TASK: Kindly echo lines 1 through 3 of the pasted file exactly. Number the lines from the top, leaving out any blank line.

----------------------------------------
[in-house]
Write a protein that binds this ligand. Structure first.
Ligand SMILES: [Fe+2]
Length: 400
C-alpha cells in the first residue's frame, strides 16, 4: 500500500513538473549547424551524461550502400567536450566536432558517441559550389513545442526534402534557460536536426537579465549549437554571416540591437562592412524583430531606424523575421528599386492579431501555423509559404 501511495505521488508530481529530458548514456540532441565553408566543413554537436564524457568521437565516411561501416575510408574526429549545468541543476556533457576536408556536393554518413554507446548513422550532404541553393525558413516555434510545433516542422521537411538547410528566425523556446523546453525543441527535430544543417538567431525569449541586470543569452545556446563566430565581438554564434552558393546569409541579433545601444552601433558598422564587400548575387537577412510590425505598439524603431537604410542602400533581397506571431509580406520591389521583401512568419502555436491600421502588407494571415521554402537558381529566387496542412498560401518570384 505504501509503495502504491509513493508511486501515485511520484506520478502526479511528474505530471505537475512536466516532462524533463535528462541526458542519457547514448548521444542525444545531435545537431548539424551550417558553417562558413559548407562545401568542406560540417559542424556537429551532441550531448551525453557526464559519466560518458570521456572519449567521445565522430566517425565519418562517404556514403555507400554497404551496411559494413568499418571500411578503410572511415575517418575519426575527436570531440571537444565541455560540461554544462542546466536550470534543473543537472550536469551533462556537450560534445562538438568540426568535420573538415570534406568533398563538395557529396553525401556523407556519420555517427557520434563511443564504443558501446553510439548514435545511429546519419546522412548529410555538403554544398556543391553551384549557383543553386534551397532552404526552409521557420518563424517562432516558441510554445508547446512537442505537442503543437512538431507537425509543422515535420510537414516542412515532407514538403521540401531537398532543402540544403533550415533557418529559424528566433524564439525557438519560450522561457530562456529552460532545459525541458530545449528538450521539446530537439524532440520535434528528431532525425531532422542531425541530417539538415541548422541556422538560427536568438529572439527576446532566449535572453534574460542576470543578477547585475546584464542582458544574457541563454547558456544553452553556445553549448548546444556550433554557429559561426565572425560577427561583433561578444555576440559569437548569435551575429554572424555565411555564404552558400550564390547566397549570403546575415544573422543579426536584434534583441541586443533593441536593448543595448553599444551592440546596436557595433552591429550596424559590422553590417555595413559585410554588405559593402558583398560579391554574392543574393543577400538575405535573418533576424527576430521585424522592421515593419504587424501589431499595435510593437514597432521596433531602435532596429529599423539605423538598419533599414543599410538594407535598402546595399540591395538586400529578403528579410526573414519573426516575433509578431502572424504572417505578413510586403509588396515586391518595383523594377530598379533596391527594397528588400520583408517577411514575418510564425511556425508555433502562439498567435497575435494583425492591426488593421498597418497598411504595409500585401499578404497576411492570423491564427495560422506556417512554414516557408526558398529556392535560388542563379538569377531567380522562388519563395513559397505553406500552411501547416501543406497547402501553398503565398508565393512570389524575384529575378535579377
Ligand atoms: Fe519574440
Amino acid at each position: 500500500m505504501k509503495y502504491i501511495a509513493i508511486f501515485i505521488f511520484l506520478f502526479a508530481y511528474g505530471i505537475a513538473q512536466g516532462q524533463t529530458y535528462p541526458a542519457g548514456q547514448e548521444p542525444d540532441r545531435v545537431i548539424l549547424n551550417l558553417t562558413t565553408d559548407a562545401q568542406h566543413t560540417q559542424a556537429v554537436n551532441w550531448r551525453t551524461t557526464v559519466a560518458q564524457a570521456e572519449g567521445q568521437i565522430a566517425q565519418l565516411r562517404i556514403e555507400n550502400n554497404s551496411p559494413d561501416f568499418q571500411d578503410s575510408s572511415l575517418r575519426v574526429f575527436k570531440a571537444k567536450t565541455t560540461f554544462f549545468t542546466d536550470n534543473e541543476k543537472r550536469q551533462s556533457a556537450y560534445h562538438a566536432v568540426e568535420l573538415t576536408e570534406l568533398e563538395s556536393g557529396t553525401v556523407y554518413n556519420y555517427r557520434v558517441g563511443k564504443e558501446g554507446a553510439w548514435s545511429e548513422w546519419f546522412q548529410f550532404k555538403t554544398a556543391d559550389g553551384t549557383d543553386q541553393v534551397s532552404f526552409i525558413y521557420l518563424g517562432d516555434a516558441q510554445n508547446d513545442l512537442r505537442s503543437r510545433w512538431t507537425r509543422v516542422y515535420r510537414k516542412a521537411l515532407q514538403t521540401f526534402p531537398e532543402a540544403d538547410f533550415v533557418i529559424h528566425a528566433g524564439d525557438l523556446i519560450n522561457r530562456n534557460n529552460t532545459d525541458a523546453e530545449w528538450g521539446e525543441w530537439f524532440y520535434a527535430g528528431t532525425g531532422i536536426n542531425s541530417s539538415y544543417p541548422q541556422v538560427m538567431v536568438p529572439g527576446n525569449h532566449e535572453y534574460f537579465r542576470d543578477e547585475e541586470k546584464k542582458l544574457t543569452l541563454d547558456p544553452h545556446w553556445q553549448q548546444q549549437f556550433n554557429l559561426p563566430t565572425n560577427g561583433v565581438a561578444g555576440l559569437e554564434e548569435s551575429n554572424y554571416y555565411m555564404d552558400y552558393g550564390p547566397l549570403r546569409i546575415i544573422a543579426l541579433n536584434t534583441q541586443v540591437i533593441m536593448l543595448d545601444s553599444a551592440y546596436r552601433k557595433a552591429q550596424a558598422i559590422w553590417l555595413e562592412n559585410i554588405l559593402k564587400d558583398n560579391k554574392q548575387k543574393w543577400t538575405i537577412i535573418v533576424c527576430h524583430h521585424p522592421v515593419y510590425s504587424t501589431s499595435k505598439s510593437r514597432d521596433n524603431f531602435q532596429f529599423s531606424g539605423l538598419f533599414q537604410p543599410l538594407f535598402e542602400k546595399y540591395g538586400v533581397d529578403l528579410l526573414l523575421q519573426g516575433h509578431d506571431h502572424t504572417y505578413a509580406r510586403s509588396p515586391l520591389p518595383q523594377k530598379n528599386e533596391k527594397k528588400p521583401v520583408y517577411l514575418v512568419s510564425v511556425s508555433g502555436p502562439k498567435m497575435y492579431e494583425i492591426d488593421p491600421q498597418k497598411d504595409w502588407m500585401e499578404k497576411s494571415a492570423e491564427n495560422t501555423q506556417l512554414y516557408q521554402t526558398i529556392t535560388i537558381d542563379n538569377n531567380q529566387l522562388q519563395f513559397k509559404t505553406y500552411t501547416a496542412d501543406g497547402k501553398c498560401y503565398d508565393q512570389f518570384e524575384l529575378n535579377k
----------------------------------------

[in-house]
Write a protein that binds this ligand. Structure first.
Ligand SMILES: [Fe+2]